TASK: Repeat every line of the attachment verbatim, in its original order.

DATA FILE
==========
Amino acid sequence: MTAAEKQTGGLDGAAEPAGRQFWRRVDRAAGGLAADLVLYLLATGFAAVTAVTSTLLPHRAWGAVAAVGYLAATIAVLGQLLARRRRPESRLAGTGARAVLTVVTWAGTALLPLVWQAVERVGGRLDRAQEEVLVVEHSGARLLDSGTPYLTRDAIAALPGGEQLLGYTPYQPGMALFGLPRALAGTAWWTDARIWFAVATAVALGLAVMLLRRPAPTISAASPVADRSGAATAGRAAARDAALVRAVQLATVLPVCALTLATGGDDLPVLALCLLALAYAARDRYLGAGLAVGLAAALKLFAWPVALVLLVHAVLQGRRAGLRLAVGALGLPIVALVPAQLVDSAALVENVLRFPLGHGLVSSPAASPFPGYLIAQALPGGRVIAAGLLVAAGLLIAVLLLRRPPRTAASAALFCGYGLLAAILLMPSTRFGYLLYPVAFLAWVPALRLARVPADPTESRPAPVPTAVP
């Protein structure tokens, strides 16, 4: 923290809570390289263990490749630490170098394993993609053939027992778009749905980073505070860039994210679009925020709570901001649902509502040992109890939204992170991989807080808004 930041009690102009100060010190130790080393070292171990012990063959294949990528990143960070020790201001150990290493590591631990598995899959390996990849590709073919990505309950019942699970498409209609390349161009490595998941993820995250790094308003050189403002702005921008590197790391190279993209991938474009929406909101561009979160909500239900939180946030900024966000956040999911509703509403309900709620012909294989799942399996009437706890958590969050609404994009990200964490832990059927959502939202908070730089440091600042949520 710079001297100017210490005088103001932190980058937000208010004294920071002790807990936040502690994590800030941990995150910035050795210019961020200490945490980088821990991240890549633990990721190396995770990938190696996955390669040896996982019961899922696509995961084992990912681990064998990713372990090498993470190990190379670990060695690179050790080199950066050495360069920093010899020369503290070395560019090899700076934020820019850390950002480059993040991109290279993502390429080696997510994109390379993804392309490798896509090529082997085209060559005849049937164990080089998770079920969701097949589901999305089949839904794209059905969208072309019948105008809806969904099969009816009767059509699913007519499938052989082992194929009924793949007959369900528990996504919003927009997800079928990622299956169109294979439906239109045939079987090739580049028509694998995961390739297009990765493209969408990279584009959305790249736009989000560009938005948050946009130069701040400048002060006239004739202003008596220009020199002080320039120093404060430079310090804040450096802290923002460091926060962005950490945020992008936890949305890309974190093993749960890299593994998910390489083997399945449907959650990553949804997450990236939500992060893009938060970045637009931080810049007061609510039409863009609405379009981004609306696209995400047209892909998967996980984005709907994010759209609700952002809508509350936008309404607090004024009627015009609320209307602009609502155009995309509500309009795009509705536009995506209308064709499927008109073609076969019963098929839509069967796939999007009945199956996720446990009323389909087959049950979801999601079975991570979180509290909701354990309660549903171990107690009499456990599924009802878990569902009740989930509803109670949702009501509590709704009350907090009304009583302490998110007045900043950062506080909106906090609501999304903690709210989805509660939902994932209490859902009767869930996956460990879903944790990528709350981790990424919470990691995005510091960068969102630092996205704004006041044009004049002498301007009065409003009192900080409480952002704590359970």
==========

Amino acid sequence: MTAAEKQTGGLDGAAEPAGRQFWRRVDRAAGGLAADLVLYLLATGFAAVTAVTSTLLPHRAWGAVAAVGYLAATIAVLGQLLARRRRPESRLAGTGARAVLTVVTWAGTALLPLVWQAVERVGGRLDRAQEEVLVVEHSGARLLDSGTPYLTRDAIAALPGGEQLLGYTPYQPGMALFGLPRALAGTAWWTDARIWFAVATAVALGLAVMLLRRPAPTISAASPVADRSGAATAGRAAARDAALVRAVQLATVLPVCALTLATGGDDLPVLALCLLALAYAARDRYLGAGLAVGLAAALKLFAWPVALVLLVHAVLQGRRAGLRLAVGALGLPIVALVPAQLVDSAALVENVLRFPLGHGLVSSPAASPFPGYLIAQALPGGRVIAAGLLVAAGLLIAVLLLRRPPRTAASAALFCGYGLLAAILLMPSTRFGYLLYPVAFLAWVPALRLARVPADPTESRPAPVPTAVP
């Protein structure tokens, strides 16, 4: 923290809570390289263990490749630490170098394993993609053939027992778009749905980073505070860039994210679009925020709570901001649902509502040992109890939204992170991989807080808004 930041009690102009100060010190130790080393070292171990012990063959294949990528990143960070020790201001150990290493590591631990598995899959390996990849590709073919990505309950019942699970498409209609390349161009490595998941993820995250790094308003050189403002702005921008590197790391190279993209991938474009929406909101561009979160909500239900939180946030900024966000956040999911509703509403309900709620012909294989799942399996009437706890958590969050609404994009990200964490832990059927959502939202908070730089440091600042949520 710079001297100017210490005088103001932190980058937000208010004294920071002790807990936040502690994590800030941990995150910035050795210019961020200490945490980088821990991240890549633990990721190396995770990938190696996955390669040896996982019961899922696509995961084992990912681990064998990713372990090498993470190990190379670990060695690179050790080199950066050495360069920093010899020369503290070395560019090899700076934020820019850390950002480059993040991109290279993502390429080696997510994109390379993804392309490798896509090529082997085209060559005849049937164990080089998770079920969701097949589901999305089949839904794209059905969208072309019948105008809806969904099969009816009767059509699913007519499938052989082992194929009924793949007959369900528990996504919003927009997800079928990622299956169109294979439906239109045939079987090739580049028509694998995961390739297009990765493209969408990279584009959305790249736009989000560009938005948050946009130069701040400048002060006239004739202003008596220009020199002080320039120093404060430079310090804040450096802290923002460091926060962005950490945020992008936890949305890309974190093993749960890299593994998910390489083997399945449907959650990553949804997450990236939500992060893009938060970045637009931080810049007061609510039409863009609405379009981004609306696209995400047209892909998967996980984005709907994010759209609700952002809508509350936008309404607090004024009627015009609320209307602009609502155009995309509500309009795009509705536009995506209308064709499927008109073609076969019963098929839509069967796939999007009945199956996720446990009323389909087959049950979801999601079975991570979180509290909701354990309660549903171990107690009499456990599924009802878990569902009740989930509803109670949702009501509590709704009350907090009304009583302490998110007045900043950062506080909106906090609501999304903690709210989805509660939902994932209490859902009767869930996956460990879903944790990528709350981790990424919470990691995005510091960068969102630092996205704004006041044009004049002498301007009065409003009192900080409480952002704590359970």